Open Access Highly Accessed Research article

From gene expression to gene regulatory networks in Arabidopsis thaliana

Chris J Needham1*, Iain W Manfield2, Andrew J Bulpitt1, Philip M Gilmartin24 and David R Westhead3

Author Affiliations

1 School of Computing, University of Leeds, Leeds, LS2 9JT, UK

2 Institute of Integrative and Comparative Biology, University of Leeds, Leeds, LS2 9JT, UK

3 Institute of Molecular and Cellular Biology, University of Leeds, Leeds, LS2 9JT, UK

4 Current address : School of Biological and Biomedical Sciences, Durham University, Durham, UK

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BMC Systems Biology 2009, 3:85  doi:10.1186/1752-0509-3-85

Published: 3 September 2009



The elucidation of networks from a compendium of gene expression data is one of the goals of systems biology and can be a valuable source of new hypotheses for experimental researchers. For Arabidopsis, there exist several thousand microarrays which form a valuable resource from which to learn.


A novel Bayesian network-based algorithm to infer gene regulatory networks from gene expression data is introduced and applied to learn parts of the transcriptomic network in Arabidopsis thaliana from a large number (thousands) of separate microarray experiments. Starting from an initial set of genes of interest, a network is grown by iterative addition to the model of the gene, from another defined set of genes, which gives the 'best' learned network structure. The gene set for iterative growth can be as large as the entire genome. A number of networks are inferred and analysed; these show (i) an agreement with the current literature on the circadian clock network, (ii) the ability to model other networks, and (iii) that the learned network hypotheses can suggest new roles for poorly characterized genes, through addition of relevant genes from an unconstrained list of over 15,000 possible genes. To demonstrate the latter point, the method is used to suggest that particular GATA transcription factors are regulators of photosynthetic genes. Additionally, the performance in recovering a known network from different amounts of synthetically generated data is evaluated.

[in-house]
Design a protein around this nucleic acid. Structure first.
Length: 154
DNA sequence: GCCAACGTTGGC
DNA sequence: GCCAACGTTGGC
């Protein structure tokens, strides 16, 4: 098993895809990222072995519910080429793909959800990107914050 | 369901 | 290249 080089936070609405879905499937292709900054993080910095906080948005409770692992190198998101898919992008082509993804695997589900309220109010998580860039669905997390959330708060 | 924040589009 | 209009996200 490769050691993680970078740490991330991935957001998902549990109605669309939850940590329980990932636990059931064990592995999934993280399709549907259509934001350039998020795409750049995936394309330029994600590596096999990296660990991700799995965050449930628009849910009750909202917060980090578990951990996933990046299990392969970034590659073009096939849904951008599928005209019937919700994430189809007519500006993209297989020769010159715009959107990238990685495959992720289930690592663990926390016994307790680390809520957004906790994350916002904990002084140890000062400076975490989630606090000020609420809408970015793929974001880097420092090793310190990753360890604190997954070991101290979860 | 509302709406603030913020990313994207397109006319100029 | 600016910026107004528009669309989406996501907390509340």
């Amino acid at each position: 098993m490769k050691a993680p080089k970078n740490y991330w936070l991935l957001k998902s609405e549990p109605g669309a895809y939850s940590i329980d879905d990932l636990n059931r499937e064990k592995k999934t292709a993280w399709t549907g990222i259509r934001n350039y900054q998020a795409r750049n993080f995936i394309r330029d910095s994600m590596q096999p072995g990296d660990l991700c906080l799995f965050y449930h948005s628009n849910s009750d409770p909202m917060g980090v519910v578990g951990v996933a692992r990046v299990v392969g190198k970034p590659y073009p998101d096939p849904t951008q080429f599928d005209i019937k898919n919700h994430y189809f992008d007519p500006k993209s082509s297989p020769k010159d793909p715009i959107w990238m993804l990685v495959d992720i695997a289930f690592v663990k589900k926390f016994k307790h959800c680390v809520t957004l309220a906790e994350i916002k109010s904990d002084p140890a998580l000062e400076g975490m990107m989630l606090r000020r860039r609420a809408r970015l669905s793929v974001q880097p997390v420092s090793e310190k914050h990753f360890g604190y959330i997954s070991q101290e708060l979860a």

Our results show that plausible regulatory networks can be learned from such gene expression data alone. This work demonstrates that network hypotheses can be generated from existing gene expression data for use by experimental biologists.